I’m writing this on the bus, having had to take off my gloves to do so. It is unseasonably cold, about ten degrees below seasonal norms. And that doesn’t include the wind chill, which yesterday was -20. Or the snow forecast for tomorrow. It doesn’t feel like Spring.
We don’t talk about global warming anymore. That may be because we Canadians don’t quite believe in that – we know anecdotally that our weather seems to be getting colder. Now it is all about “climate change,” which seems rather nebulous. We even have a federal minister of climate change, though whether she is supposed to combat it or initiate it is unclear to me. Warmer looks pretty good right now.
By this time in April I have washed the hats, scarves and gloves to pack them away for the summer (though I may not have shoved that box in the basement just yet). The baseball season has started, but nobody is playing outdoor sports here except the downhill skiers.
All of which is a roundabout way of introducing the video below. It came to mind when I was looking at what are probably tulips trying to establish themselves in front of my house. The day after I noticed the green shoots they were covered by a blanket of snow, which has since melted. They must be pretty confused: is this Winter or Spring?
I don’t remember this cartoon from my childhood. I’m of that in-between generation I guess. The comments on YouTube indicate a lot of people saw it on television in the 90’s, but they didn’t show such stuff when I was a kid.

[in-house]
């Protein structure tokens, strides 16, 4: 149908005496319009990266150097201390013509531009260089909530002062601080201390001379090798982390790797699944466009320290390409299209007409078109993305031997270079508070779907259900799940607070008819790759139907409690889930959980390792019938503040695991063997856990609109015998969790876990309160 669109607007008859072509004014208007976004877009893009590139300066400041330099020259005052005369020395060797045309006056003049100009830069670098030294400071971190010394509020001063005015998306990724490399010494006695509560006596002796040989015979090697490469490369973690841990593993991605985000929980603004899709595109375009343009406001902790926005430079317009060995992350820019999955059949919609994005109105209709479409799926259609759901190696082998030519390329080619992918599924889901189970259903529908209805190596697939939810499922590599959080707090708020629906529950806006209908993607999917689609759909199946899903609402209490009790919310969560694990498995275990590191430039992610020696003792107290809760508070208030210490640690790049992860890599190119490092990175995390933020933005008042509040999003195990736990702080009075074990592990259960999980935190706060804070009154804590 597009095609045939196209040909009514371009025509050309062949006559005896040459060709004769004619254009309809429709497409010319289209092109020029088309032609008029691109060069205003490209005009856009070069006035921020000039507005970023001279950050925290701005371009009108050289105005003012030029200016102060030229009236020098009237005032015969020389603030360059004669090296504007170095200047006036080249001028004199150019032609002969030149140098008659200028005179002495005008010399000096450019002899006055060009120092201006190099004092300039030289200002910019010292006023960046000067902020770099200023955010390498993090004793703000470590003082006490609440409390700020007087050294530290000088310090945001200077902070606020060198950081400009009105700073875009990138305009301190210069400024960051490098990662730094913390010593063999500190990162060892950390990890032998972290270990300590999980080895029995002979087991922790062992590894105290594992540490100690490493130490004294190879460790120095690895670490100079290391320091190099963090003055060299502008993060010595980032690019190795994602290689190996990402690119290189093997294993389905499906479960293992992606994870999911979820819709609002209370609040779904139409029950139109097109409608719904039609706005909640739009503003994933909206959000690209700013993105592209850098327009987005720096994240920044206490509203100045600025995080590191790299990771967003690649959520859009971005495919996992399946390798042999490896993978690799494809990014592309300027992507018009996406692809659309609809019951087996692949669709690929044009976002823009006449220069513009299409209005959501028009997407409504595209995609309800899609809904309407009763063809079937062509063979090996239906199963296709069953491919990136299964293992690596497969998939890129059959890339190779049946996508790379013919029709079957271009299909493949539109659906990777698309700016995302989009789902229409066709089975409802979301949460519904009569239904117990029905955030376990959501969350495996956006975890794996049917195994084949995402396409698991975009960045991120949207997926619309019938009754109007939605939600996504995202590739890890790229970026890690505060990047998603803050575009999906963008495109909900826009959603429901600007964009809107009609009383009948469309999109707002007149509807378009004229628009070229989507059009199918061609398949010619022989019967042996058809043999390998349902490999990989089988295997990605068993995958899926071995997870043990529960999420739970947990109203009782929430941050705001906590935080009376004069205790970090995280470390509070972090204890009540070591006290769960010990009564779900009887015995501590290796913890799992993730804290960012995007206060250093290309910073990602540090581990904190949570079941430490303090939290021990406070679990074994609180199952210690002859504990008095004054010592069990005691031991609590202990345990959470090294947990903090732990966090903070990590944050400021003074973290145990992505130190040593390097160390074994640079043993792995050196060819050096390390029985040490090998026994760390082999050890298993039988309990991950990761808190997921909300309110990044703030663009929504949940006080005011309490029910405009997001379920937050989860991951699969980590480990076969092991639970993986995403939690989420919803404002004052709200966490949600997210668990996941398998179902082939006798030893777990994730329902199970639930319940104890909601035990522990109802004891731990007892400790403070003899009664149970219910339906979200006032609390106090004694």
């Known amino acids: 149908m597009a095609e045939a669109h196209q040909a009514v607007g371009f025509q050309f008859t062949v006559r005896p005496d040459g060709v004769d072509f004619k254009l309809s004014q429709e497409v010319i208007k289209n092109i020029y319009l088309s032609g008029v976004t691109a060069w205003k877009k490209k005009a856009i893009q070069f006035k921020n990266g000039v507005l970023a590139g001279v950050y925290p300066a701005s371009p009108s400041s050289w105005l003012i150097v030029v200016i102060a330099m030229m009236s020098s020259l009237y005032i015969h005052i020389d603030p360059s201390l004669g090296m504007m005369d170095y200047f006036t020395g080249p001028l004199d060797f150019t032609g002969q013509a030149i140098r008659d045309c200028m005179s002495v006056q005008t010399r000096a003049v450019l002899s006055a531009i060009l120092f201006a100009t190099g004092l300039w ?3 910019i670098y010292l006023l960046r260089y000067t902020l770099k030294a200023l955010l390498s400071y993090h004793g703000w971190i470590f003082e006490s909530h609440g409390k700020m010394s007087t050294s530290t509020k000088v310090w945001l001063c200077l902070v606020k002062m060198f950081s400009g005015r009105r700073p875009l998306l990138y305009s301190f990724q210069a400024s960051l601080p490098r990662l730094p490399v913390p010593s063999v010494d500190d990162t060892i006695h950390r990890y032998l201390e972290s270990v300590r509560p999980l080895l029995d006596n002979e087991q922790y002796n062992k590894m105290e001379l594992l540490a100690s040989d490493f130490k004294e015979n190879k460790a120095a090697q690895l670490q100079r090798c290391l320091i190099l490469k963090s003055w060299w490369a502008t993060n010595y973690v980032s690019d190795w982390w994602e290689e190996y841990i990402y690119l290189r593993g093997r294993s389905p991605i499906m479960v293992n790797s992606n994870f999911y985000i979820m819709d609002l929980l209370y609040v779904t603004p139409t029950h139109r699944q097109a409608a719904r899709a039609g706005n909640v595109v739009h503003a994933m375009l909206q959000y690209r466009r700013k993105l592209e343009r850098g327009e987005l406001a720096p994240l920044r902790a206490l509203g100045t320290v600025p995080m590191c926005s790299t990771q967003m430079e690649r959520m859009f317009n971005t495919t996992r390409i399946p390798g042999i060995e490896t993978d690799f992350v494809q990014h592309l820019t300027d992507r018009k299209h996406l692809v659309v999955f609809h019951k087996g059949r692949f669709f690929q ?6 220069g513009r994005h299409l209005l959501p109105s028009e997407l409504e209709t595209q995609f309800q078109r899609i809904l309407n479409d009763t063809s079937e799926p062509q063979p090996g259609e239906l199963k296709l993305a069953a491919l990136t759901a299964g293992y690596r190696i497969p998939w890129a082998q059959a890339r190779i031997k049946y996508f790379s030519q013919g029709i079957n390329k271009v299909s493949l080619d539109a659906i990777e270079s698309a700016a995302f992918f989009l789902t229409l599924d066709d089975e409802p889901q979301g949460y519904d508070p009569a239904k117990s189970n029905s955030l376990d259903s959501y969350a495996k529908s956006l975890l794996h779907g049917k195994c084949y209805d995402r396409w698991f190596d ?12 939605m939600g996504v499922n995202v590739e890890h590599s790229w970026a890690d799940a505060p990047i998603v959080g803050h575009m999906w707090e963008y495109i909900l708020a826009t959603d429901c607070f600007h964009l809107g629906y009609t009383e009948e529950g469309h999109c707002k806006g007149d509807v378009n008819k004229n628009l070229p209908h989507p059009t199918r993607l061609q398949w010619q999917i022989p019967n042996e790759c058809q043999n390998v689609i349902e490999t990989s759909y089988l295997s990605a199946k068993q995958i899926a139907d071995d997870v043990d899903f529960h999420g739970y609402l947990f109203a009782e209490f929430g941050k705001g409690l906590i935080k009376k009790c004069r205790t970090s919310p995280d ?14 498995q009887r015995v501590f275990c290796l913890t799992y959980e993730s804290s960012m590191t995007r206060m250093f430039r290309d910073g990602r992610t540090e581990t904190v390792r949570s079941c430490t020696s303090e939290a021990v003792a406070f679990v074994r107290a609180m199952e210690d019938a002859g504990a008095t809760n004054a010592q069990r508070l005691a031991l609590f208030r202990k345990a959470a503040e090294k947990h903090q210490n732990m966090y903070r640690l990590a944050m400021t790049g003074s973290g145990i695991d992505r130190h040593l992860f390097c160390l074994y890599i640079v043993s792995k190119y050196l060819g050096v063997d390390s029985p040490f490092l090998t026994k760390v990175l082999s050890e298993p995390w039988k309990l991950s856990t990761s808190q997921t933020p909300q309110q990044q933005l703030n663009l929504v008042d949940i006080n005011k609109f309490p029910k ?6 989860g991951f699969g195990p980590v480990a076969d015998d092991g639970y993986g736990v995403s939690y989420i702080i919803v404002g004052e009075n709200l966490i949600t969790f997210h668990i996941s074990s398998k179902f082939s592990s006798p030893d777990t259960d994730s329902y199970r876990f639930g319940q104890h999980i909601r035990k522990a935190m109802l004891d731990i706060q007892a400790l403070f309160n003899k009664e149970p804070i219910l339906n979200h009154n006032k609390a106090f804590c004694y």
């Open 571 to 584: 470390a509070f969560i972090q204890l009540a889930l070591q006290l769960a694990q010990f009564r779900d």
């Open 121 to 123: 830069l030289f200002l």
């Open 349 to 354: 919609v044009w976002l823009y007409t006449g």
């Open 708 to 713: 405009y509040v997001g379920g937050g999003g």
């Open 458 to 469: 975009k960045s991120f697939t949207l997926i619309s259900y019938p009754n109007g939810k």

I did see it for the first time in the nineties though, on videotape (something else that didn’t exist in my childhood). It was on a collection of classic cartoons I picked up somewhere to entertain my children. Being from 1936 would make it vintage, though not necessarily classic, but I won’t quibble. I felt that older animation was better than what was being produced in the nineties, and wanted to make sure my children were exposed to the good stuff.
I also introduced them to a fair amount of Hanna-Barbera material: Yogi Bear, Huckleberry Hound, The Jetsons and The Flintstones come immediately to mind. I suspect in those cases it wasn’t as much for their edification as to allow me to regress to childhood.
Anyway, given the chill I face each morning as I head for the bus, this cartoon, with its struggle between Winter and Spring seems somehow appropriate.